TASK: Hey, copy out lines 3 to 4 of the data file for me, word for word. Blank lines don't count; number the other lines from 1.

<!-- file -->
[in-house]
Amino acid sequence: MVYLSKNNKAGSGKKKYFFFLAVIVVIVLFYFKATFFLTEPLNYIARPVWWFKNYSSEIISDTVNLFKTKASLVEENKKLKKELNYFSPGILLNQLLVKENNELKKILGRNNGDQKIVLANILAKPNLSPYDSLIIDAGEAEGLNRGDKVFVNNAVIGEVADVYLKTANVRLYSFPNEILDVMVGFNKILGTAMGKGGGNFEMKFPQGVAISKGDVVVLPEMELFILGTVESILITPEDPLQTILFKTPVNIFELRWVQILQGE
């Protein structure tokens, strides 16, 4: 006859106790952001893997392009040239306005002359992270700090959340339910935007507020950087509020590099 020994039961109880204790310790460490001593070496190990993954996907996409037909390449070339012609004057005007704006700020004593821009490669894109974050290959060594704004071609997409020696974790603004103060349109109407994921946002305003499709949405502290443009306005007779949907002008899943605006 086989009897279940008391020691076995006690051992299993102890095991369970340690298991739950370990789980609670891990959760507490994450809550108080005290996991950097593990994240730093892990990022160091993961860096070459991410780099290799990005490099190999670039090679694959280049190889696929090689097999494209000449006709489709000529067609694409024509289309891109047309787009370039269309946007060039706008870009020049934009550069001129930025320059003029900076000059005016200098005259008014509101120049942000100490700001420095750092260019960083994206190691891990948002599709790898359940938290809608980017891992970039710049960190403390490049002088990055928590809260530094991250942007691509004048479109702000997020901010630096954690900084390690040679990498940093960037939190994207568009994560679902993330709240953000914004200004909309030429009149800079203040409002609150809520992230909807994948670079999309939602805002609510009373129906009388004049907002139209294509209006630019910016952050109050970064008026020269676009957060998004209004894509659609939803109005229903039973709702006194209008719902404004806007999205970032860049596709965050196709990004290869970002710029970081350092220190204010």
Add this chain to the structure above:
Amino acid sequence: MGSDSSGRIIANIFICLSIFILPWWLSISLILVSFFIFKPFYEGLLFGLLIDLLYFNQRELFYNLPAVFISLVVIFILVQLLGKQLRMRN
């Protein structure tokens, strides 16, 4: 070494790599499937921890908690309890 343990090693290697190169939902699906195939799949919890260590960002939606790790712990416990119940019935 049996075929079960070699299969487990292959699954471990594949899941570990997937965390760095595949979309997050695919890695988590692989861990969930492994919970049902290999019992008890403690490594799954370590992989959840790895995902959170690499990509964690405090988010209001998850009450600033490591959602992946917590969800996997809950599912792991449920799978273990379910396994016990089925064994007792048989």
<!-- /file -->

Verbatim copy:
């Protein structure tokens, strides 16, 4: 006859106790952001893997392009040239306005002359992270700090959340339910935007507020950087509020590099 020994039961109880204790310790460490001593070496190990993954996907996409037909390449070339012609004057005007704006700020004593821009490669894109974050290959060594704004071609997409020696974790603004103060349109109407994921946002305003499709949405502290443009306005007779949907002008899943605006 086989009897279940008391020691076995006690051992299993102890095991369970340690298991739950370990789980609670891990959760507490994450809550108080005290996991950097593990994240730093892990990022160091993961860096070459991410780099290799990005490099190999670039090679694959280049190889696929090689097999494209000449006709489709000529067609694409024509289309891109047309787009370039269309946007060039706008870009020049934009550069001129930025320059003029900076000059005016200098005259008014509101120049942000100490700001420095750092260019960083994206190691891990948002599709790898359940938290809608980017891992970039710049960190403390490049002088990055928590809260530094991250942007691509004048479109702000997020901010630096954690900084390690040679990498940093960037939190994207568009994560679902993330709240953000914004200004909309030429009149800079203040409002609150809520992230909807994948670079999309939602805002609510009373129906009388004049907002139209294509209006630019910016952050109050970064008026020269676009957060998004209004894509659609939803109005229903039973709702006194209008719902404004806007999205970032860049596709965050196709990004290869970002710029970081350092220190204010």
Add this chain to the structure above: